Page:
Bistable collars or connectors 24A (see
Alternatively, the bistable connector can have a diameter smaller than the two expandable tubular sections joined. Then, the connector is inserted inside of the ends of the tubulars and mechanically fastened as discussed above. Another embodiment would involve the machining of the ends of the tubular sections on either their inner or outer surfaces to form an annular recess in which the connector is located. A connector designed to fit into the recess is placed in the recess. The connector would then be mechanically attached to the ends as described above. In this way the connector forms a relatively flush-type connection with the tubular sections.
A conveyance device 31 transports the bistable expandable tubular lengths and bistable connectors into the wellbore and to the correct position. (See
A deployment device 33 can be incorporated into the overall assembly to expand the bistable expandable tubular and connectors. (See
An inflatable packer element is shown in
A mechanical packer element is shown in
An expandable swage is shown in
A piston type apparatus is shown in
A plug type actuator is illustrated in
A ball type actuator is shown in
Radial roller type actuators also can be used to expand the bistable tubular sections.
The final pivot position is adjusted to a point where the bistable tubular can be expanded to the final diameter. The tool is then longitudinally moved through the collapsed bistable tubular, while the motor continues to rotate the pivot arms and rollers. The rollers follow a shallow helical path 66 inside the bistable tubular, expanding the bistable cells in their path. Once the bistable tubular is deployed, the tool rotation is stopped and the roller retracted. The tool is then withdrawn from the bistable tubular by a conveyance device 68 that also can be used to insert the tool.
Power to operate the deployment device can be drawn from one or a combination of sources such as: electrical power supplied either from the surface or stored in a battery arrangement along with the deployment device, hydraulic power provided by surface or downhole pumps, turbines or a fluid accumulator, and mechanical power supplied through an appropriate linkage actuated by movement applied at the surface or stored downhole such as in a spring mechanism.
The bistable expandable tubular system is designed so the internal diameter of the deployed tubular is expanded to maintain a maximum cross-sectional area along the expandable tubular. This feature enables mono-bore wells to be constructed and facilitates elimination of problems associated with traditional wellbore casing systems where the casing outside diameter must be stepped down many times, restricting access, in long wellbores.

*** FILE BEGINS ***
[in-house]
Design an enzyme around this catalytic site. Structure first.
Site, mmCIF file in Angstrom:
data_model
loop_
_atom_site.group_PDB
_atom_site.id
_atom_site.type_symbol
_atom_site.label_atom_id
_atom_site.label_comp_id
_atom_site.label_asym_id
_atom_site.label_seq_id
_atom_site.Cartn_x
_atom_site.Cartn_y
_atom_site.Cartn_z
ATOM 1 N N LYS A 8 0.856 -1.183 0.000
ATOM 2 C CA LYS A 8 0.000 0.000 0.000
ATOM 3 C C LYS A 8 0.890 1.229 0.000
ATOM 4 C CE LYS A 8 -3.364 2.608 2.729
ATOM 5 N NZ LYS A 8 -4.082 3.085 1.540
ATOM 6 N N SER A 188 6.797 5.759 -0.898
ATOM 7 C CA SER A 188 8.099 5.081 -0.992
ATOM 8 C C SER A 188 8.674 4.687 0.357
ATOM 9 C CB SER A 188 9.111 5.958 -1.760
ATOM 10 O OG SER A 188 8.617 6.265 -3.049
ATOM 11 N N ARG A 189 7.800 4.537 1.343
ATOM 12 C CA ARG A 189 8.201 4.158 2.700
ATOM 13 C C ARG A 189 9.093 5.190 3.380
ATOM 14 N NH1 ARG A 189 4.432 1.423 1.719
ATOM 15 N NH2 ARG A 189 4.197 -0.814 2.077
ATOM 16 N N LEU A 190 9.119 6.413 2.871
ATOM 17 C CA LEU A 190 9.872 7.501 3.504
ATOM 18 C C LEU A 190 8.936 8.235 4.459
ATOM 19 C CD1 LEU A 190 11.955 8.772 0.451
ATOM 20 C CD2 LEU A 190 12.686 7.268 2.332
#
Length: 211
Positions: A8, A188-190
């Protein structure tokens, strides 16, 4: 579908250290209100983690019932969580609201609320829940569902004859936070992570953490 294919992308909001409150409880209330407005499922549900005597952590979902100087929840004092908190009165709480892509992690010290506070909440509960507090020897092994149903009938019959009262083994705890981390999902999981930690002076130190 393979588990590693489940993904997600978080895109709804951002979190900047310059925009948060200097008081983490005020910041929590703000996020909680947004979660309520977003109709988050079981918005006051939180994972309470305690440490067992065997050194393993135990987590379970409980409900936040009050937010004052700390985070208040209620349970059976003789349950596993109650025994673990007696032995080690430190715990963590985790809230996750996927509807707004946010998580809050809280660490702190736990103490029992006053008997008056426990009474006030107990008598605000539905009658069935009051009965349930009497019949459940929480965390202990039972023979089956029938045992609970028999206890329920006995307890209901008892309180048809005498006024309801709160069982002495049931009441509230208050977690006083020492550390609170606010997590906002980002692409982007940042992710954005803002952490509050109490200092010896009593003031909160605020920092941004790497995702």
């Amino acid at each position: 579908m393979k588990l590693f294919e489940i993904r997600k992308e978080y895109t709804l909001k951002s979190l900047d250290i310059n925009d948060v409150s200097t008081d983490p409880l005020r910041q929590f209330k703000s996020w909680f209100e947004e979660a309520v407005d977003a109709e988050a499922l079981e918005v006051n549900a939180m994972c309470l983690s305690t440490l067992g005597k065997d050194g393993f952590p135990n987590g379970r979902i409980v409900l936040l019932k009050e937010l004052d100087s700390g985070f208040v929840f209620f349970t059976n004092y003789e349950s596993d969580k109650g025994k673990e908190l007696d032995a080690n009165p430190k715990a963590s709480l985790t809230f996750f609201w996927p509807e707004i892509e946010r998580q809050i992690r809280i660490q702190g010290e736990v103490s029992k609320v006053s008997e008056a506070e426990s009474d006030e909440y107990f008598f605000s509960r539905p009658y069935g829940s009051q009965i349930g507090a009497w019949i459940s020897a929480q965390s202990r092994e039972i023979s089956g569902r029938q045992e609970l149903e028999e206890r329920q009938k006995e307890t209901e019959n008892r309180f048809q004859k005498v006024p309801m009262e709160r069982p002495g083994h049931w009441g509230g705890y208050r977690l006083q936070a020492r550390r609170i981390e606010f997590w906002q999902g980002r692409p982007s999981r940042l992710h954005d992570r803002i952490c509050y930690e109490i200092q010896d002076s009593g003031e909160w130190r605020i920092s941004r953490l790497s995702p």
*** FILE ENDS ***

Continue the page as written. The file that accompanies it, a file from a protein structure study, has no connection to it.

The bistable expandable tubular system can be applied in numerous applications such as an expandable open hole liner where the bistable expandable tubular 24 is used to support an open hole formation by exerting an external radial force on the wellbore surface. As bistable tubular 24 is radially expanded, the tubular moves into contact with the surface forming wellbore 29. These radial forces help stabilize the formations and allow the drilling of wells with fewer conventional casing strings. The open hole liner also can comprise a material, e.g. a wrapping, that reduces the rate of fluid loss from the wellbore into the formations. The wrapping can be made from a variety of materials including expandable metallic and/or elastomeric materials. By reducing fluid loss into the formations, the expense of drilling fluids can be reduced and the risk of losing circulation and/or borehole collapse can be minimized.
Liners also can be used within wellbore tubulars for purposes such as corrosion protection. One example of a corrosive environment is the environment that results when carbon dioxide is used to enhance oil recovery from a producing formation. Carbon dioxide (CO2) readily reacts with any water (H2O) that is present to form carbonic acid (H2CO3). Other acids can also be generated, especially if sulfur compounds are present. Tubulars used to inject the carbon dioxide,as well as those used in producing wells are subject to greatly elevated corrosion rates. The present invention can be used to, place protective liners, e.g. a bistable tubular 24, within an existing tubular to minimize the corrosive effects and to extend the useful life of the wellbore tubulars.
Another exemplary application involves use of the bistable tubular 24 as an expandable perforated liner. The open bistable cells in the bistable expandable tubular allow unrestricted flow from the formation while providing a structure to stabilize the borehole.